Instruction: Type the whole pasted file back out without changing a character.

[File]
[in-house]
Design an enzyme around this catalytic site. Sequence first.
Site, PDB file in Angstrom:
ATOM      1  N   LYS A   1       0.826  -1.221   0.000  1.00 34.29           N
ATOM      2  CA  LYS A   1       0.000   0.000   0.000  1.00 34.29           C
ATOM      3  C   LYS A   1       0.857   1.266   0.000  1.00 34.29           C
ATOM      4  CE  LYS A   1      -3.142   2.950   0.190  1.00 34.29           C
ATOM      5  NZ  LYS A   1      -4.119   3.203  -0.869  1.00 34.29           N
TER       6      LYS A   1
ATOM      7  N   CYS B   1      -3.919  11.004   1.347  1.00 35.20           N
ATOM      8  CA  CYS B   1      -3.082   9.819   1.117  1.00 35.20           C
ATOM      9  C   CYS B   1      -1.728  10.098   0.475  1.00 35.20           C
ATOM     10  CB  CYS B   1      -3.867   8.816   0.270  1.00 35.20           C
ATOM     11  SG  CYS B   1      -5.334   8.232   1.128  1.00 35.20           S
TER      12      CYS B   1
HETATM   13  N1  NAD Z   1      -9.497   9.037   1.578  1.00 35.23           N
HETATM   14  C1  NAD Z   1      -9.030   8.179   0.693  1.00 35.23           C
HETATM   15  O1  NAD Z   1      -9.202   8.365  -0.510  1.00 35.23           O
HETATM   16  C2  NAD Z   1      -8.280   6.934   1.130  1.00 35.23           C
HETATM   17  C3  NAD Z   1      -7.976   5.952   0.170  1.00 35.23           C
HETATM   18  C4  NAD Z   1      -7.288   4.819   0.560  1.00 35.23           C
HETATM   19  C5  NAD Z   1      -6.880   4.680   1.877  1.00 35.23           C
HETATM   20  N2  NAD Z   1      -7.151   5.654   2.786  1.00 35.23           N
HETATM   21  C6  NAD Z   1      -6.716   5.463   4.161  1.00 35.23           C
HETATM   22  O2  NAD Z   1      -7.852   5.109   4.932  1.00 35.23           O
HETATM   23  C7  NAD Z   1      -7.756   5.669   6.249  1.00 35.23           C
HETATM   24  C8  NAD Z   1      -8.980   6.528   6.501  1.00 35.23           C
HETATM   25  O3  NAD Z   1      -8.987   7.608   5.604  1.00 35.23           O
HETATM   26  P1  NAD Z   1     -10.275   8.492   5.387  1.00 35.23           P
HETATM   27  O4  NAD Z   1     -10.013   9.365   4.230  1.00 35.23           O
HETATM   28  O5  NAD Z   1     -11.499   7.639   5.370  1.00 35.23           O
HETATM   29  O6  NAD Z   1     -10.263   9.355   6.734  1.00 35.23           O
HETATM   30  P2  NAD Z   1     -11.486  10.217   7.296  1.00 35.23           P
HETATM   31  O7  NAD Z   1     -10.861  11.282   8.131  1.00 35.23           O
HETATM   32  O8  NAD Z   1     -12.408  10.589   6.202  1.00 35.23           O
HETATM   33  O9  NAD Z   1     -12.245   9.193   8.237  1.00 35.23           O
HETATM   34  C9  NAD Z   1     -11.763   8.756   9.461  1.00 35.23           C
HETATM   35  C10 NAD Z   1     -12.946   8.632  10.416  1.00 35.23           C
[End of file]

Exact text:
[in-house]
Design an enzyme around this catalytic site. Sequence first.
Site, PDB file in Angstrom:
ATOM      1  N   LYS A   1       0.826  -1.221   0.000  1.00 34.29           N
ATOM      2  CA  LYS A   1       0.000   0.000   0.000  1.00 34.29           C
ATOM      3  C   LYS A   1       0.857   1.266   0.000  1.00 34.29           C
ATOM      4  CE  LYS A   1      -3.142   2.950   0.190  1.00 34.29           C
ATOM      5  NZ  LYS A   1      -4.119   3.203  -0.869  1.00 34.29           N
TER       6      LYS A   1
ATOM      7  N   CYS B   1      -3.919  11.004   1.347  1.00 35.20           N
ATOM      8  CA  CYS B   1      -3.082   9.819   1.117  1.00 35.20           C
ATOM      9  C   CYS B   1      -1.728  10.098   0.475  1.00 35.20           C
ATOM     10  CB  CYS B   1      -3.867   8.816   0.270  1.00 35.20           C
ATOM     11  SG  CYS B   1      -5.334   8.232   1.128  1.00 35.20           S
TER      12      CYS B   1
HETATM   13  N1  NAD Z   1      -9.497   9.037   1.578  1.00 35.23           N
HETATM   14  C1  NAD Z   1      -9.030   8.179   0.693  1.00 35.23           C
HETATM   15  O1  NAD Z   1      -9.202   8.365  -0.510  1.00 35.23           O
HETATM   16  C2  NAD Z   1      -8.280   6.934   1.130  1.00 35.23           C
HETATM   17  C3  NAD Z   1      -7.976   5.952   0.170  1.00 35.23           C
HETATM   18  C4  NAD Z   1      -7.288   4.819   0.560  1.00 35.23           C
HETATM   19  C5  NAD Z   1      -6.880   4.680   1.877  1.00 35.23           C
HETATM   20  N2  NAD Z   1      -7.151   5.654   2.786  1.00 35.23           N
HETATM   21  C6  NAD Z   1      -6.716   5.463   4.161  1.00 35.23           C
HETATM   22  O2  NAD Z   1      -7.852   5.109   4.932  1.00 35.23           O
HETATM   23  C7  NAD Z   1      -7.756   5.669   6.249  1.00 35.23           C
HETATM   24  C8  NAD Z   1      -8.980   6.528   6.501  1.00 35.23           C
HETATM   25  O3  NAD Z   1      -8.987   7.608   5.604  1.00 35.23           O
HETATM   26  P1  NAD Z   1     -10.275   8.492   5.387  1.00 35.23           P
HETATM   27  O4  NAD Z   1     -10.013   9.365   4.230  1.00 35.23           O
HETATM   28  O5  NAD Z   1     -11.499   7.639   5.370  1.00 35.23           O
HETATM   29  O6  NAD Z   1     -10.263   9.355   6.734  1.00 35.23           O
HETATM   30  P2  NAD Z   1     -11.486  10.217   7.296  1.00 35.23           P
HETATM   31  O7  NAD Z   1     -10.861  11.282   8.131  1.00 35.23           O
HETATM   32  O8  NAD Z   1     -12.408  10.589   6.202  1.00 35.23           O
HETATM   33  O9  NAD Z   1     -12.245   9.193   8.237  1.00 35.23           O
HETATM   34  C9  NAD Z   1     -11.763   8.756   9.461  1.00 35.23           C
HETATM   35  C10 NAD Z   1     -12.946   8.632  10.416  1.00 35.23           C